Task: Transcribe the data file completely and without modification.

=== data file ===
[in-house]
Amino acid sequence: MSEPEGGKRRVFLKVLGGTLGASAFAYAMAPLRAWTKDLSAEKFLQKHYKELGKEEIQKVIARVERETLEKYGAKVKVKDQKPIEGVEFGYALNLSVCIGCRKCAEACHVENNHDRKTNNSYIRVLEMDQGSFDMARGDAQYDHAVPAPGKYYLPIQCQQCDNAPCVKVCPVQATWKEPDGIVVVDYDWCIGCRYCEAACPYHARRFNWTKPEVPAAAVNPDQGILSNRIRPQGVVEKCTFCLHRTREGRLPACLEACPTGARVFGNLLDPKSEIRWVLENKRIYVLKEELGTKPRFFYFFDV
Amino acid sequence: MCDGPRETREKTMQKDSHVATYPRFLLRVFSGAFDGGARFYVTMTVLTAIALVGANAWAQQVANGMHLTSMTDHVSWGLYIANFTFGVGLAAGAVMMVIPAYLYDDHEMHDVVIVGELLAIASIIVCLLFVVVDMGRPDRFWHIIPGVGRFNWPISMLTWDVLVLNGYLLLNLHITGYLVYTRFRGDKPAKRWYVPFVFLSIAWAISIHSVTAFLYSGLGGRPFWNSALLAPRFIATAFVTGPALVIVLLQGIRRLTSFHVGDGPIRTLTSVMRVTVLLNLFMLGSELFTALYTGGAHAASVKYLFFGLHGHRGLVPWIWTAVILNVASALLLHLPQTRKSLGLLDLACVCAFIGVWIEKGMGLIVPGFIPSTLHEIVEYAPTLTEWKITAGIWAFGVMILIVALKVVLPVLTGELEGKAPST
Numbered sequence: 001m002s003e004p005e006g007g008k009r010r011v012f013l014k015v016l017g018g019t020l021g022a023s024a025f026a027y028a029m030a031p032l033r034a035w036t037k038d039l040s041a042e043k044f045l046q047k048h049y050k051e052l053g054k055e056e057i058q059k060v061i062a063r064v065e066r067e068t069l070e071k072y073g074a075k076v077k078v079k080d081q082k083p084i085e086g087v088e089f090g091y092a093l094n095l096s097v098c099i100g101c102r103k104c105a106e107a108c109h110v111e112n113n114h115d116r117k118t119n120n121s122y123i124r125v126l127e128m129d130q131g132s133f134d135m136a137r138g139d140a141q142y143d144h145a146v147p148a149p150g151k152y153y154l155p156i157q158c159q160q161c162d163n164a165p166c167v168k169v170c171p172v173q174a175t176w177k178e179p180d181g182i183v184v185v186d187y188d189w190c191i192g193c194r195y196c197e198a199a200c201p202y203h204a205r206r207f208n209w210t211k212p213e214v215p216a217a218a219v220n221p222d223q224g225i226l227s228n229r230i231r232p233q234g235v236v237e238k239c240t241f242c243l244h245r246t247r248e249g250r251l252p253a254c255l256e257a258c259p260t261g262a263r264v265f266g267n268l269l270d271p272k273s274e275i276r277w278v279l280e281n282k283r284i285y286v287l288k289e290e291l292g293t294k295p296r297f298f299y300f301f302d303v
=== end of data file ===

[in-house]
Amino acid sequence: MSEPEGGKRRVFLKVLGGTLGASAFAYAMAPLRAWTKDLSAEKFLQKHYKELGKEEIQKVIARVERETLEKYGAKVKVKDQKPIEGVEFGYALNLSVCIGCRKCAEACHVENNHDRKTNNSYIRVLEMDQGSFDMARGDAQYDHAVPAPGKYYLPIQCQQCDNAPCVKVCPVQATWKEPDGIVVVDYDWCIGCRYCEAACPYHARRFNWTKPEVPAAAVNPDQGILSNRIRPQGVVEKCTFCLHRTREGRLPACLEACPTGARVFGNLLDPKSEIRWVLENKRIYVLKEELGTKPRFFYFFDV
Amino acid sequence: MCDGPRETREKTMQKDSHVATYPRFLLRVFSGAFDGGARFYVTMTVLTAIALVGANAWAQQVANGMHLTSMTDHVSWGLYIANFTFGVGLAAGAVMMVIPAYLYDDHEMHDVVIVGELLAIASIIVCLLFVVVDMGRPDRFWHIIPGVGRFNWPISMLTWDVLVLNGYLLLNLHITGYLVYTRFRGDKPAKRWYVPFVFLSIAWAISIHSVTAFLYSGLGGRPFWNSALLAPRFIATAFVTGPALVIVLLQGIRRLTSFHVGDGPIRTLTSVMRVTVLLNLFMLGSELFTALYTGGAHAASVKYLFFGLHGHRGLVPWIWTAVILNVASALLLHLPQTRKSLGLLDLACVCAFIGVWIEKGMGLIVPGFIPSTLHEIVEYAPTLTEWKITAGIWAFGVMILIVALKVVLPVLTGELEGKAPST
Numbered sequence: 001m002s003e004p005e006g007g008k009r010r011v012f013l014k015v016l017g018g019t020l021g022a023s024a025f026a027y028a029m030a031p032l033r034a035w036t037k038d039l040s041a042e043k044f045l046q047k048h049y050k051e052l053g054k055e056e057i058q059k060v061i062a063r064v065e066r067e068t069l070e071k072y073g074a075k076v077k078v079k080d081q082k083p084i085e086g087v088e089f090g091y092a093l094n095l096s097v098c099i100g101c102r103k104c105a106e107a108c109h110v111e112n113n114h115d116r117k118t119n120n121s122y123i124r125v126l127e128m129d130q131g132s133f134d135m136a137r138g139d140a141q142y143d144h145a146v147p148a149p150g151k152y153y154l155p156i157q158c159q160q161c162d163n164a165p166c167v168k169v170c171p172v173q174a175t176w177k178e179p180d181g182i183v184v185v186d187y188d189w190c191i192g193c194r195y196c197e198a199a200c201p202y203h204a205r206r207f208n209w210t211k212p213e214v215p216a217a218a219v220n221p222d223q224g225i226l227s228n229r230i231r232p233q234g235v236v237e238k239c240t241f242c243l244h245r246t247r248e249g250r251l252p253a254c255l256e257a258c259p260t261g262a263r264v265f266g267n268l269l270d271p272k273s274e275i276r277w278v279l280e281n282k283r284i285y286v287l288k289e290e291l292g293t294k295p296r297f298f299y300f301f302d303v